What happens if now the 10% fork (chain A) will mine a block and send it to the network?
When a miner building on top of chain A finds a valid block, it will relay the block to the rest of the network. For convention let us assume the fork (chain A and chain B) has happened at block height
N. This is how different nodes on the network will react when they receive a block at height
N+1 whose parent is on chain A.
- Nodes already using chain A: For them, this block
N + 1 is a natural progression of the blockchain and as a result they will just add this block to their blockchain.
- Nodes using chain B but has chain A block: There might be some nodes who might have received the chain A block at height
N after receiving block at height
N from chain B. Since these node received block from chain B first, they will use this version of the chain as their primary one. However, block from chain A that is received later is not discarded but is processed and kept on the disk. So, when block at height N + 1 is received from chain A version, these nodes just revert the chain at height N and use the other block that was kept on disk.
- Nodes only having chain B: When they receive block at height N+1 from chain A, these nodes will see that they do not have its parent. As a result, these nodes will query the parent block using the
previousblockhash and see if it exists. The nodes having this block will then transmit that block to the nodes not having it. When that block is received, these nodes will see that this chain is the longest proof of work chain and as a result they will now operate on chain A. The block at height N from chain B becomes stale but it is not discarded and is still kept on disk.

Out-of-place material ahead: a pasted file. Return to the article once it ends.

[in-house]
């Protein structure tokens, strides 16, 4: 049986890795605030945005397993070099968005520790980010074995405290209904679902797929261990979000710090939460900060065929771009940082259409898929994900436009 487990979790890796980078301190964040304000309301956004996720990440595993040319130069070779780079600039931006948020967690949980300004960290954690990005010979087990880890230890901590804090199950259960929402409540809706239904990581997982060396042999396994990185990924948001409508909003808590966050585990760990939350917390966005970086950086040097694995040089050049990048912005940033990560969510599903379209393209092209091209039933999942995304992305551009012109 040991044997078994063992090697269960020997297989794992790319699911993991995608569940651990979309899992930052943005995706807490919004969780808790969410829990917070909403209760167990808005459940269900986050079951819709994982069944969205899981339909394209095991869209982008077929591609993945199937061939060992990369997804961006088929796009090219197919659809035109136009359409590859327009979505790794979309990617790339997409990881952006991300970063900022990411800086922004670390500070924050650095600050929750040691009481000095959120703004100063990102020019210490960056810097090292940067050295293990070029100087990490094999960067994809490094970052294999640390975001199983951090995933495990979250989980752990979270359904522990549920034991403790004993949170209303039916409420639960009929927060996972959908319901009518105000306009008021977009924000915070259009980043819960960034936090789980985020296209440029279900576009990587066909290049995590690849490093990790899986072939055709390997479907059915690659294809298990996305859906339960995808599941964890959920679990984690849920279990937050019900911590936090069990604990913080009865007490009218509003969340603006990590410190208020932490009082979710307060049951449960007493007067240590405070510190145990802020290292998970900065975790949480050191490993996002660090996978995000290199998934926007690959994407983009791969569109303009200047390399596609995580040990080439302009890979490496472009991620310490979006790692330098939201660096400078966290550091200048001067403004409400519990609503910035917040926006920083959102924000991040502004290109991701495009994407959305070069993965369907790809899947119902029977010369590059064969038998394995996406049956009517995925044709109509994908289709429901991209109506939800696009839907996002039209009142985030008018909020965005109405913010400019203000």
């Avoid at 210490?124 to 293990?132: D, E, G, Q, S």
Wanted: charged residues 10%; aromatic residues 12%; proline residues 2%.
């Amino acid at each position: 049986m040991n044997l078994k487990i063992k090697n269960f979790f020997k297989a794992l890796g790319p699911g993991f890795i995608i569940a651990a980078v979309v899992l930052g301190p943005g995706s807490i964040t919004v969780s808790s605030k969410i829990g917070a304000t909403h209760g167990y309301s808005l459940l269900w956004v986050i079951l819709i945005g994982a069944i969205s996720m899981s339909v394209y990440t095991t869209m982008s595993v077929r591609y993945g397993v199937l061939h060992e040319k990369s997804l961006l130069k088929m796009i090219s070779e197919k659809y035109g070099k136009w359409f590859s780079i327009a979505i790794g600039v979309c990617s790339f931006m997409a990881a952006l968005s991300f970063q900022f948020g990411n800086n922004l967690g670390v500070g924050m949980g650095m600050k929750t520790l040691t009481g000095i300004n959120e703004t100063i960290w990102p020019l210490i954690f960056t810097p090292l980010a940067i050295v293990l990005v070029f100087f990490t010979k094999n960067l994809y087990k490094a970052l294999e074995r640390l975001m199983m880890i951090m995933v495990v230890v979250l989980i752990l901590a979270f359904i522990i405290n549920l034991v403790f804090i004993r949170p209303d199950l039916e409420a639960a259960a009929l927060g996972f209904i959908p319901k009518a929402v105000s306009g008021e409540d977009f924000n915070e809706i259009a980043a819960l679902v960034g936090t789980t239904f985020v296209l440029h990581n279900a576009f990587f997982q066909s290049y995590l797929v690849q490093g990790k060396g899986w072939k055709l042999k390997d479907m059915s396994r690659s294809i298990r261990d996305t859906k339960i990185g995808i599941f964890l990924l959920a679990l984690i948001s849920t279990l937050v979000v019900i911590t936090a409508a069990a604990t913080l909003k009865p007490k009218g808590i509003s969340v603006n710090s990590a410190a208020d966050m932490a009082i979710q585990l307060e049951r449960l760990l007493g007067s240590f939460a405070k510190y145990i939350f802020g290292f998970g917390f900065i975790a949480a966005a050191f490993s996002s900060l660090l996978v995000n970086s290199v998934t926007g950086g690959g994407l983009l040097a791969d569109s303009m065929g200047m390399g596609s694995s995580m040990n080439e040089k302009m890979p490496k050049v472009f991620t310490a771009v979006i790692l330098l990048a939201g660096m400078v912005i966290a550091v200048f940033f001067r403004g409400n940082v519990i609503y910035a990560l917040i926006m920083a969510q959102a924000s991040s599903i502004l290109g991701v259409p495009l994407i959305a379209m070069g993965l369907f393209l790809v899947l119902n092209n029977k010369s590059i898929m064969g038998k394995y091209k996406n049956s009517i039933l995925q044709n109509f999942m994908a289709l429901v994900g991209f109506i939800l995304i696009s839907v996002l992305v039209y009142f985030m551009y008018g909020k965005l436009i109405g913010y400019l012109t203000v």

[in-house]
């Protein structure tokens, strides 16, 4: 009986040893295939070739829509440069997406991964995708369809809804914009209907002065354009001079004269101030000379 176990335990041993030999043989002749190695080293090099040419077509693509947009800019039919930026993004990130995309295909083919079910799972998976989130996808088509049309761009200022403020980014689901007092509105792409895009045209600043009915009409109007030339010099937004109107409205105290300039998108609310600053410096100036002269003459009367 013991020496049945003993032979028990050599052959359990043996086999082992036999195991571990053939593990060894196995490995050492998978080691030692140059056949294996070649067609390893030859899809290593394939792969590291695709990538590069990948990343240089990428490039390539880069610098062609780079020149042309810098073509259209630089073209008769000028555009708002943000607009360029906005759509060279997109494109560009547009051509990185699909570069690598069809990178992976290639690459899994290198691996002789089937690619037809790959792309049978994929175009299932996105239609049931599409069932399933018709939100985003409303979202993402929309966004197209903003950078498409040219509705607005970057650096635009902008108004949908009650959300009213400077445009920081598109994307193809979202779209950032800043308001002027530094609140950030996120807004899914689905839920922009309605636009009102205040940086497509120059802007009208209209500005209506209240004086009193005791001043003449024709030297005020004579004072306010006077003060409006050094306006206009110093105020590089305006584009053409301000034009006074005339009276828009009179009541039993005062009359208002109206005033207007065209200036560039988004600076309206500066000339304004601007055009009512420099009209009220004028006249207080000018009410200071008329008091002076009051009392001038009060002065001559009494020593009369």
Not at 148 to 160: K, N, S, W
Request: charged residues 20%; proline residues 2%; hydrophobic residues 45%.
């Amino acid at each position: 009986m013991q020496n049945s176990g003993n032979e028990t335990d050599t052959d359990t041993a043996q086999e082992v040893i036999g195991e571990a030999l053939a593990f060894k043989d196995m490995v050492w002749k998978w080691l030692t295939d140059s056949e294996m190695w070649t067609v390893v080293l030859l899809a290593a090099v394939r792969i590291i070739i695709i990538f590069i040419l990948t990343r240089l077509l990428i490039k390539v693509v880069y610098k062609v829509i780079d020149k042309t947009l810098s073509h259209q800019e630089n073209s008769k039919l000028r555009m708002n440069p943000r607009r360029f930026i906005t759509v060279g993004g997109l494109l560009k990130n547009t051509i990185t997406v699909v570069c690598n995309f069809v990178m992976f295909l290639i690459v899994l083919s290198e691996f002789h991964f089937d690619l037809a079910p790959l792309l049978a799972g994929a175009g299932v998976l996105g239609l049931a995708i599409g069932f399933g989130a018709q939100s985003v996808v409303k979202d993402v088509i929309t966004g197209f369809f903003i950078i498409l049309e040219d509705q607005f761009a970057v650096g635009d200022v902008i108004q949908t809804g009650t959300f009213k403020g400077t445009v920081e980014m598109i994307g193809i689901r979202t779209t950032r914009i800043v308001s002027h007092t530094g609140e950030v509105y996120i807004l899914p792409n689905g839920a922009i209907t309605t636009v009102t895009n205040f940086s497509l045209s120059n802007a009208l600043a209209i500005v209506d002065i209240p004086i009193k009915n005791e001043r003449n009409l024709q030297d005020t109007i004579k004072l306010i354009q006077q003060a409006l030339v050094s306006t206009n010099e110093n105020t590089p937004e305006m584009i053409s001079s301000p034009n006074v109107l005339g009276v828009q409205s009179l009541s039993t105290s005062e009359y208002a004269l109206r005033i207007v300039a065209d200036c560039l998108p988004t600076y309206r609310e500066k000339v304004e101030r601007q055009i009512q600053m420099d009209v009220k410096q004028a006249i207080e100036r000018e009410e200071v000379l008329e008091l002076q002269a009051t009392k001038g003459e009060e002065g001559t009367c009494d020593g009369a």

How do they know that this chain is longer?
Nodes accept the longest proof of work chain (in most cases it is same as the longest chain). Nodes sync headers first and verify the proof of work of the chain before asking the actual blocks from other nodes. When nodes on chain B version of chain receive the header of block
N+1 on chain A version, they will see that the
chainwork of the block received is more than that of the chain they already have and as a result will use it to query the block associated with it.
How do they know that the block is not just some part of DDoS attack?
When they receive the block header, the proof of work is verified first. So, if the attacker wants to spam the network with invalid blocks, he/she would have to do so with valid proof of work. That means spending immense amount of energy as other miners but not getting the reward (as the block does not have any ancestor, it will be rejected). If the node receives a block header with invalid proof of work, then the node that has sent this block header will be blacklisted after certain attempts of this mischief. This was actually the basis of PoW in 1990s when it was used to prevent spam emails.